Metropolis Magazine - Metropolis Magazine January 2010

 

What’s Next: Hospitality

The sector that once seemed to crank out a new Nobu each week has had to learn to make do with less. Much less. To hear David Rockwell, the high priest of chichi hospitality design, tell it, that’s a good thing. “There is a greater opportunity to be more imaginative and experimental with fewer resources,” says Rockwell, whose portfolio incidentally…

Back to the Future

A school dedicated to design-based learning opens in the very building where GM’s legendary Harley Earl became the father of the modern car.

What’s Next: Green Building

Despite all the talk about net-zero and net-positive architecture, green buildings remain elusive for the mainstream. There are, however, some promising developments: state and municipal tax incentives, stricter building codes, and commercial real estate honchos who have finally figured out that sustainable design stuffs cash into their pockets. Progress hangs on the tricky interplay of public policy and technology. Here…

What’s Next: Preservation

The future of preserving the past has arrived. Whether it’s green retrofitting, safeguarding ancient trades, or preparing buildings for the next Katrina, conservationists are finding smart ways to salvage the existing building stock. “Preservation means preserving what’s there, but it also means you can preserve the life of buildings if you make them more sustainable,” says Richard Moe, president of the…

What’s Next: Design Education

Mark Wigley, dean of Columbia University’s Graduate School of Architecture, Planning and Preservation, believes his school has a mission to act as a laboratory for other institutions. And he thinks that task will take on greater significance as universities become increasingly globalized. “At Columbia, we have no interest in the Starbucks model of the branch campus, where you distribute good…

Grand Obsession

Parcours Muséologique Revisité, Robert Polidori’s new, 744-page, three-volume set from Steidl, traces the photographer’s 26-year journey capturing the Palace of Versailles. “I am dealing with a collective superego,” Polidori says in the introduction, “documenting the way a whole society decides to see itself.” Since becoming a historical museum in 1837, the former royal palace has been turned into a curated…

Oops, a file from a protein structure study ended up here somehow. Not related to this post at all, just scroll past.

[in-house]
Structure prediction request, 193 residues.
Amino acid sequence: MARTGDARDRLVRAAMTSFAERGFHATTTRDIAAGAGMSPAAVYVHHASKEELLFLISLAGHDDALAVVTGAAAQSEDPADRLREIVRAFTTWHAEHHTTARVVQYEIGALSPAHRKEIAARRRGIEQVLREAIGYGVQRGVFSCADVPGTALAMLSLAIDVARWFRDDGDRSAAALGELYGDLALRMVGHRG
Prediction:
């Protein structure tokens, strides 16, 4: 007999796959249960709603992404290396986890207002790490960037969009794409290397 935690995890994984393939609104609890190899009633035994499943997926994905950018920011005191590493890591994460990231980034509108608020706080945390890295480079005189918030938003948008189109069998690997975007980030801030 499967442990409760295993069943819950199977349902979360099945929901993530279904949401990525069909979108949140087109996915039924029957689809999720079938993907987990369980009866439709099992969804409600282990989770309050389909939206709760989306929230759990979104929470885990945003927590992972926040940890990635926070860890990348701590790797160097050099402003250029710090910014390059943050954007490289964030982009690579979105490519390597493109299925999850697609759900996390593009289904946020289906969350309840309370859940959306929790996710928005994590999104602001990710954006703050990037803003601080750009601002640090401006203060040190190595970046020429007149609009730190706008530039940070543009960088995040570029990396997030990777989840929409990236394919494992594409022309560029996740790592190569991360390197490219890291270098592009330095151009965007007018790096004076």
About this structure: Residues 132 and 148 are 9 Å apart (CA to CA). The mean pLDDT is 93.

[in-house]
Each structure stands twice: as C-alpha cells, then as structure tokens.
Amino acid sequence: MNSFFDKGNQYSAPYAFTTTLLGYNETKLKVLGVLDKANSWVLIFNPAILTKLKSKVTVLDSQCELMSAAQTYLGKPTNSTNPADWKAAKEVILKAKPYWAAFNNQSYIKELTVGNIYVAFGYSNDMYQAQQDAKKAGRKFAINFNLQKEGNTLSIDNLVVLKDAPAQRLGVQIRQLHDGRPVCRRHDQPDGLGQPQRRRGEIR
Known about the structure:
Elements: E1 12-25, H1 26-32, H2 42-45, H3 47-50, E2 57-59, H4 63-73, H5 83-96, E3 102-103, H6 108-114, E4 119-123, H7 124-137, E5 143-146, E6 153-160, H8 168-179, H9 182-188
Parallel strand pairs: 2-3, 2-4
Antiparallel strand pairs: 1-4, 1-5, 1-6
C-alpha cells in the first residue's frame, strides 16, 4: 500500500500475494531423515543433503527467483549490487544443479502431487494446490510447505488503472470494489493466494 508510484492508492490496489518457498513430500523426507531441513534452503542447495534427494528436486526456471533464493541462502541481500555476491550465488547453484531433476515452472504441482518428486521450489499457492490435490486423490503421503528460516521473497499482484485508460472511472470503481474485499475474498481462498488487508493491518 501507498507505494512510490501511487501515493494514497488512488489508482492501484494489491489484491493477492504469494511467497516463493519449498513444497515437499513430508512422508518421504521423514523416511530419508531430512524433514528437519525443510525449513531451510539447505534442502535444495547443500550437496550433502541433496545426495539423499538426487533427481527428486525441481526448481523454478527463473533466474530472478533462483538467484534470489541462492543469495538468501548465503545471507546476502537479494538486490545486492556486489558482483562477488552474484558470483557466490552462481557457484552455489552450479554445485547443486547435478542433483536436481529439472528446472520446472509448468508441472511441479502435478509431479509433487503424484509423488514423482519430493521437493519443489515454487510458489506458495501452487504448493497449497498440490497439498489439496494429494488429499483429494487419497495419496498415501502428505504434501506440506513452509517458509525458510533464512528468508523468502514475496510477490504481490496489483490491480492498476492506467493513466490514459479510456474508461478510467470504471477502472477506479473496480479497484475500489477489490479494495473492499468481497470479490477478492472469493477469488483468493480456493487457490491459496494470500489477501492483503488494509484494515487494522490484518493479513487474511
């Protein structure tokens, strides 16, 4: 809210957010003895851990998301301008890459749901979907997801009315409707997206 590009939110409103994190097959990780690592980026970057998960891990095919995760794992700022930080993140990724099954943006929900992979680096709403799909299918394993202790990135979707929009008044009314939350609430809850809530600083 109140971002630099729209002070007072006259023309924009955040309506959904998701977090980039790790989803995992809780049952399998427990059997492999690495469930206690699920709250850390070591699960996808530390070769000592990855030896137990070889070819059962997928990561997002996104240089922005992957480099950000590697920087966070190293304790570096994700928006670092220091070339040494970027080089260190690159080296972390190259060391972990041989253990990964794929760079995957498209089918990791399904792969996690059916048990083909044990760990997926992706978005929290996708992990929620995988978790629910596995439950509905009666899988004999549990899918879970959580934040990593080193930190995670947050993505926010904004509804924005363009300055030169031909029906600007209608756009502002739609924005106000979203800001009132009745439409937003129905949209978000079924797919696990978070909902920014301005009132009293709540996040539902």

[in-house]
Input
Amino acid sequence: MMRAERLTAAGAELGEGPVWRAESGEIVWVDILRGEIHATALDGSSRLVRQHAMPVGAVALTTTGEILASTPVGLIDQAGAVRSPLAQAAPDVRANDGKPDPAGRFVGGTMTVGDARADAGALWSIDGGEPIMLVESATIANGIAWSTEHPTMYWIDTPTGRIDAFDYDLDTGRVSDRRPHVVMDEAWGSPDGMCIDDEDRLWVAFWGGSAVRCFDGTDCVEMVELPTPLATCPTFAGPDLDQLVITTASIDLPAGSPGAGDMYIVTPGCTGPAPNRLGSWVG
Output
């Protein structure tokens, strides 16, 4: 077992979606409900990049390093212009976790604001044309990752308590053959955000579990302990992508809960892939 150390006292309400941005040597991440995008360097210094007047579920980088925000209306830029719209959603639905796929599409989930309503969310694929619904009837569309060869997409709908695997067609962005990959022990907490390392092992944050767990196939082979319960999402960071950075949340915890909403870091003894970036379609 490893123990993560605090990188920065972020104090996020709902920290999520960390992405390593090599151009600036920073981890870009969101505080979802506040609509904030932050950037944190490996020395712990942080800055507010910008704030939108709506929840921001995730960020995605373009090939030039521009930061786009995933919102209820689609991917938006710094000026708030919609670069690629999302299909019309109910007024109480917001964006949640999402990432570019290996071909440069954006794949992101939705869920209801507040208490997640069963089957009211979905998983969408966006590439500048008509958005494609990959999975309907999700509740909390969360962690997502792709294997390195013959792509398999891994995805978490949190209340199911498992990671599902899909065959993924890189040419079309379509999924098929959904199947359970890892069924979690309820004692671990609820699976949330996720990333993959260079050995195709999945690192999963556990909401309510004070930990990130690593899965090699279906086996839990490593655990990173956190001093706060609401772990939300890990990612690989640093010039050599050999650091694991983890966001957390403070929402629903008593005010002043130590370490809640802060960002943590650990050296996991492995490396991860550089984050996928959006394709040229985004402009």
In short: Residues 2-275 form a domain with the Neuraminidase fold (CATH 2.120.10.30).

What’s Next: Urban Planning

The 21st-century city faces a host of daunting challenges: projected scarcities of water and energy, rising sea levels, and, ultimately, more people. But the seeds of fairly radical change have already been planted. “I’m convinced we’re in the midst of a transformation that is probably as profound as what happened immediately after the Second World War, when we got all…

Teatime

Dries Verbruggen has long been fascinated with an object that doesn’t actually exist: the Utah teapot. Designed in 1975 by Martin Newell, a computer scientist at the University of Utah, the digital vessel was the first complex 3-D computer model. It has since become a standard computer-graphic reference, and animators often use it as an inside joke. (It popped up…

What’s Next: Lighting

For many of us, lighting is just a matter of wattage and bulb type. Maybe we’ve grappled with the question of whether an inefficient incandescent or a CFL, with its trace mercury content, is the lesser of two evils. But Dr. Mariana Figueiro, the program director of the Lighting Research Center at Rensselaer Polytechnic Institute, thinks the way we design…

What’s Next: Workplace

Baby boomers are marching into their sixties and seventies; and soon—faster than you can say “Fiber One”—we’ll have the oldest workforce in the history of work. What does that mean for workplace design? “Companies will want older people because they’ve got knowledge and experience, so there is going to be a big emphasis on creating the right settings for them,”…

What’s Next: Transportation

In the last 50 years, U.S. transportation policy has been overwhelmingly focused on highway construction. Funding was so automobile-centric that it wasn’t until the 1990s—when Senator Daniel Patrick Moynihan established a new “80/20” spending formula—that mass transit was seriously included in appropriations bills. Congress is currently working on a new appropriations bill that will have crucial implications on that spending….

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